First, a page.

Dr. Deming – “More Relevant Than Ever”
Being a huge fan of Dr. W. Edwards Deming, especially so some 17 years after his death, I like any article that concludes with this line:
“The lesson of the Toyota recalls is not that Mr. Deming's Japanese model is an anachronism. It may be more relevant than ever.”
The Canadian newspaper, the Globe and Mail ran a column titled, “How Toyota strayed from the quality-control path and lost its way.” The writer, Barrie McKenna, recounts some of the post World War II history of how Dr. Deming worked with the Japanese, including Toyota.
One thing that seems a bit inaccurate, though:
Mr. Deming's genius was applying statistics to quality control. He would painstakingly record product defects, figure out why they happened, work diligently to fix them, track how quality improved, and then keep refining the process until it was done right.
Yes, Dr. Deming (not “Mr.”) was an accomplished statistician. But I think his greatest strength was psychology and understanding what demotivated individuals (and what managers need to do to quit demotivating folks). The Deming Institute says that psychology alone is not enough, and I'll buy that:
The layout of profound knowledge appears here in four parts, all related to each other:
- Appreciation for a system
- Knowledge about variation
- Theory of knowledge
One need not be eminent in any part nor in all four parts in order to understand it and to apply it. The 14 points for management (Out of the Crisis, Ch. 2) in industry, education, and government follow naturally as application of this outside knowledge, for transformation from the present style of Western management to one of optimization.
The various segments of the system of profound knowledge proposed here can not be separated. They interact with each other. Thus, knowledge of psychology is incomplete without knowledge of variation.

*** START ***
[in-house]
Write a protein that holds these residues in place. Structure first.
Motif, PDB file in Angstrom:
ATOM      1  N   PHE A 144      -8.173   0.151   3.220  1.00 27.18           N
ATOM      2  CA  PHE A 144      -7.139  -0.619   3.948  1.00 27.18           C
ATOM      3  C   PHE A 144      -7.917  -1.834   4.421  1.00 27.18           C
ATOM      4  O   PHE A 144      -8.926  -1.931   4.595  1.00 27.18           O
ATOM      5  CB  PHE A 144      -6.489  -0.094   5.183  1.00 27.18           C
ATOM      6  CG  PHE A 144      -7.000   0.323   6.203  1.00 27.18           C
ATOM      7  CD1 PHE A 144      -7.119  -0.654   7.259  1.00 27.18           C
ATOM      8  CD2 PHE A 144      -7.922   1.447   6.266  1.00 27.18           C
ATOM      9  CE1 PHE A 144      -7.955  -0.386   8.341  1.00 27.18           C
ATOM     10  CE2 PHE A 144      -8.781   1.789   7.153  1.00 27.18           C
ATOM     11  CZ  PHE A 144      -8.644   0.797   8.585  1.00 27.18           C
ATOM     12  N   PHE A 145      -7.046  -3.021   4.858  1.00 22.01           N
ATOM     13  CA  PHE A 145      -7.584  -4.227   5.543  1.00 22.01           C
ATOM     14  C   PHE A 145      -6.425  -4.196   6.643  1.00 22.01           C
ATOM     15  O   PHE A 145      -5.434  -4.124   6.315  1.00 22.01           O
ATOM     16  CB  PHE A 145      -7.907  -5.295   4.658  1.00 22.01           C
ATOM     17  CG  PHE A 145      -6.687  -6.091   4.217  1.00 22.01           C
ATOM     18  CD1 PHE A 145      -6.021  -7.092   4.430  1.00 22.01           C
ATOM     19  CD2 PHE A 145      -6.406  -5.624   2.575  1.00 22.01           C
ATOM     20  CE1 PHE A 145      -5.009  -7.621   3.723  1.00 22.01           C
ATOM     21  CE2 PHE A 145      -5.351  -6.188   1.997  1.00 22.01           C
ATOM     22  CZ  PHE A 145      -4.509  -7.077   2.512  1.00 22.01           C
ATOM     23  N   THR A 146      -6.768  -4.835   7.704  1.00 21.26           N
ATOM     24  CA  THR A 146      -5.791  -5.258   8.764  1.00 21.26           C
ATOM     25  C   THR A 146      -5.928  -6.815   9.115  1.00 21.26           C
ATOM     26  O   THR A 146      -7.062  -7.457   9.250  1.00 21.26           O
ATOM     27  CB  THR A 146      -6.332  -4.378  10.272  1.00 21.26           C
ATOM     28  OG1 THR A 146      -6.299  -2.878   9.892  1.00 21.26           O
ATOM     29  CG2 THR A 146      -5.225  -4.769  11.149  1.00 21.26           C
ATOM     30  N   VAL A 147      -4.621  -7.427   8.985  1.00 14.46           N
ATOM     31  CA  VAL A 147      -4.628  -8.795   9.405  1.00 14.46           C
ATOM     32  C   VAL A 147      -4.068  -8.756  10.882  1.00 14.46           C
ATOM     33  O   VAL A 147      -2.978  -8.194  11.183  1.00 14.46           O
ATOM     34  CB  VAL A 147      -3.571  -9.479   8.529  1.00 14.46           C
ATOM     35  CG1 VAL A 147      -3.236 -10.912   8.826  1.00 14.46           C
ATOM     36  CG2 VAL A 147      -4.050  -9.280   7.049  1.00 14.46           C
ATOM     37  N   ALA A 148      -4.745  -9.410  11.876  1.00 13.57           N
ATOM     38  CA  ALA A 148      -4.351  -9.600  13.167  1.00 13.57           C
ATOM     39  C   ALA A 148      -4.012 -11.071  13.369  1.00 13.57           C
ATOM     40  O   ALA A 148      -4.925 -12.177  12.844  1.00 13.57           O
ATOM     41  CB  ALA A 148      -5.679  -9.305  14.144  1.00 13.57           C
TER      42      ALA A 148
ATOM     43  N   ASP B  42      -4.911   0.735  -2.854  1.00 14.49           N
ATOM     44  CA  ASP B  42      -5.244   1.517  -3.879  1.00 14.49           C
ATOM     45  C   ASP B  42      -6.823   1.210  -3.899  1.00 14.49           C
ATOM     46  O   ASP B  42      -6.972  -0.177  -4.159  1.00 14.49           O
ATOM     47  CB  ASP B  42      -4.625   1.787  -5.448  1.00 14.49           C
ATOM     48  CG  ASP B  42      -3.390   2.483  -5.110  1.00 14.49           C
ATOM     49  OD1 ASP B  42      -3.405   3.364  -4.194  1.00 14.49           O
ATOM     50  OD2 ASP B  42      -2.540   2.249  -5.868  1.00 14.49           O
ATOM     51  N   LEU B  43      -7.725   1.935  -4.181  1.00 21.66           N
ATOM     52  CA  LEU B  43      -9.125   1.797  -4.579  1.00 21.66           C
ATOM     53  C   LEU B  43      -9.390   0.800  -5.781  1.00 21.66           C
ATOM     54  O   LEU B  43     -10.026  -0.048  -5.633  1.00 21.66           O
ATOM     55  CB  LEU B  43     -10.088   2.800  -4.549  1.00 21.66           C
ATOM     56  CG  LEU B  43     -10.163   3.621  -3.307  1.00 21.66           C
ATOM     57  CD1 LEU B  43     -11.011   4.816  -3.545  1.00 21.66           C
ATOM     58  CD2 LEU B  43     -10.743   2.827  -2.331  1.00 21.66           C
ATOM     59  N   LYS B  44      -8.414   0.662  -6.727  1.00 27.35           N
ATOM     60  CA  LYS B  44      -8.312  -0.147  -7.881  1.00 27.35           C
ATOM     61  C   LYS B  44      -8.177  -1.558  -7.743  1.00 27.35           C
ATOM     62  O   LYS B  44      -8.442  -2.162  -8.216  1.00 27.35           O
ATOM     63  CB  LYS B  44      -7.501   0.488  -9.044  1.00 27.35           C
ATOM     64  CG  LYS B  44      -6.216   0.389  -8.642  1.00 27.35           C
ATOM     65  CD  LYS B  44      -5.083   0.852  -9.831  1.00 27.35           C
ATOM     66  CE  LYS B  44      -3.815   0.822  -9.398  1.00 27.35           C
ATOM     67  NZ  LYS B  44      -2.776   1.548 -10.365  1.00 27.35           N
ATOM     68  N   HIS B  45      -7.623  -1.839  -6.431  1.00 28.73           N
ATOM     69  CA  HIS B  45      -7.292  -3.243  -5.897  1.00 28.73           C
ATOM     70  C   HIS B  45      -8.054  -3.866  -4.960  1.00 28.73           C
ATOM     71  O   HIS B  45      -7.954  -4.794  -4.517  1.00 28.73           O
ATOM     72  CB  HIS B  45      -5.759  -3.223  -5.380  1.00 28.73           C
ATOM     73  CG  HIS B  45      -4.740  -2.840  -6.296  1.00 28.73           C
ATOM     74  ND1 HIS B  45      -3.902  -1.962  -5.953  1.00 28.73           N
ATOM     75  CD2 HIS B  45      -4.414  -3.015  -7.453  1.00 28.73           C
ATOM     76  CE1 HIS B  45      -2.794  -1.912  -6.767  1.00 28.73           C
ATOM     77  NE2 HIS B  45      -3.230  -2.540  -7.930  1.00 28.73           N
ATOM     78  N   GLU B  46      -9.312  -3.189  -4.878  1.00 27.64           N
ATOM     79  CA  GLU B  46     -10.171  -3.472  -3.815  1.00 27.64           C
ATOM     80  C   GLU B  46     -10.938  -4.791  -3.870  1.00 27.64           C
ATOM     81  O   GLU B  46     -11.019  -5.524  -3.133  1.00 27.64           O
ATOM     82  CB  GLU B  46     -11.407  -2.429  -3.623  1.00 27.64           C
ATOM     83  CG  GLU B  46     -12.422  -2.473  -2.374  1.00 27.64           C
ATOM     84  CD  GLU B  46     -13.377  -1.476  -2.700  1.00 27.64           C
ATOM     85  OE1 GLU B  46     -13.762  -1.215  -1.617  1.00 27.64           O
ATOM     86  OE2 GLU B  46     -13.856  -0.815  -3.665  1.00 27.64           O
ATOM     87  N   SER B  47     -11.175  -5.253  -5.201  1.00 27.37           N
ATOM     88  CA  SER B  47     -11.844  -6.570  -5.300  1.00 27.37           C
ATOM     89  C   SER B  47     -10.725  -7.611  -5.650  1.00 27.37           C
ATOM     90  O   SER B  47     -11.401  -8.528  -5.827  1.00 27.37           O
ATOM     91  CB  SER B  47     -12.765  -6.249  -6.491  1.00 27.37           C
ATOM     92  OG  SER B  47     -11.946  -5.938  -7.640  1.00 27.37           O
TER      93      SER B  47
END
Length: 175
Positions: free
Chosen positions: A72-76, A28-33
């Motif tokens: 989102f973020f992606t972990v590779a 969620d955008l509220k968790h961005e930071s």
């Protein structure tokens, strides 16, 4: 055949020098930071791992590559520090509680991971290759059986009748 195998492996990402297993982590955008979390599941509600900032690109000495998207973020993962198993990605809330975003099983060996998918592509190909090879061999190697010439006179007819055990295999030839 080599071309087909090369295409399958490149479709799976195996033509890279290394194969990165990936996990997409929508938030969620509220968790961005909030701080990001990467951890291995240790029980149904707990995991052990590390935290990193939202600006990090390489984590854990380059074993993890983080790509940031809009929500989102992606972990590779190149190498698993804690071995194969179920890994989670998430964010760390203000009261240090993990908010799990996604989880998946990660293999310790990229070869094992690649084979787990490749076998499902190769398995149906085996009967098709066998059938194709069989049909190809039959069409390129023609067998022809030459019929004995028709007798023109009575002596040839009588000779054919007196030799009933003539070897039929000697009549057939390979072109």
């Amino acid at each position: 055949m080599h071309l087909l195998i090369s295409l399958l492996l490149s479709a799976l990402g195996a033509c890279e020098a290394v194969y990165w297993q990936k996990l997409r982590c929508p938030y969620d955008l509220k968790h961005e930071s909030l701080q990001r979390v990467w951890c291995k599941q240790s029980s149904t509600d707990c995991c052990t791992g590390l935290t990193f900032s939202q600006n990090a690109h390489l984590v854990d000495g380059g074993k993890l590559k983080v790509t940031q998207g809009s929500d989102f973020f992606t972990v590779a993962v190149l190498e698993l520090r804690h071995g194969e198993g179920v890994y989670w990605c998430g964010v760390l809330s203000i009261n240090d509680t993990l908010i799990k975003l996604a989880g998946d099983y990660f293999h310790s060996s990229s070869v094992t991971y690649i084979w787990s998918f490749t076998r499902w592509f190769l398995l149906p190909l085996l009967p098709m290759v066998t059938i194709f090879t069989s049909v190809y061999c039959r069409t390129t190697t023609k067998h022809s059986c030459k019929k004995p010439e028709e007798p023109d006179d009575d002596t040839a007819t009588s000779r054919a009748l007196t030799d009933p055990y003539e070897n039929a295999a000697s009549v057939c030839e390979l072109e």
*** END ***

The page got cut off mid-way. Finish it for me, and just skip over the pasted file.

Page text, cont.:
Incidentally, The Globe and Mail calling him “Mr.” is not the only defect I've seen in the use of his name in the past week. An International Herald Tribune piece (republished in the New York Times) referred to him as “G. Edwards Deming,” to which the mysterious Twitter account @demingsaid wrote in a tweet:
@nytimes please do not call me “G.Edwards Deming.” I do not blame the writer, however. He works in a system. http://nyti.ms/cEavED
Also funny and also paying tribute to Dr. Deming is Mike Micklewright's new book, Out of Another @#&*% Crisis!: Motivation through Humiliation. I've just started reading and have enjoyed it so far. I appreciate all who are trying to expose new audiences to Dr. Deming's work.
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Mark, I think for us that preach Lean and the Toyota way, it’s important that the public realize that Toyota’s failure was not in its application of the lean methods but instead the lack of dilligence in their application. Over that last few months I have used the term Toyota in several conversation where people jokingly say it might be detrimental to my business to mention them. In both instances I was able to leverage the point in illustrating that the failure came from them not sticking to the plan.
Founder and CEO
INCENT Idea Development Solutions
.-= George Rathbun ´s last blog ..The big challenge in Open Innovation (Part II) =-.
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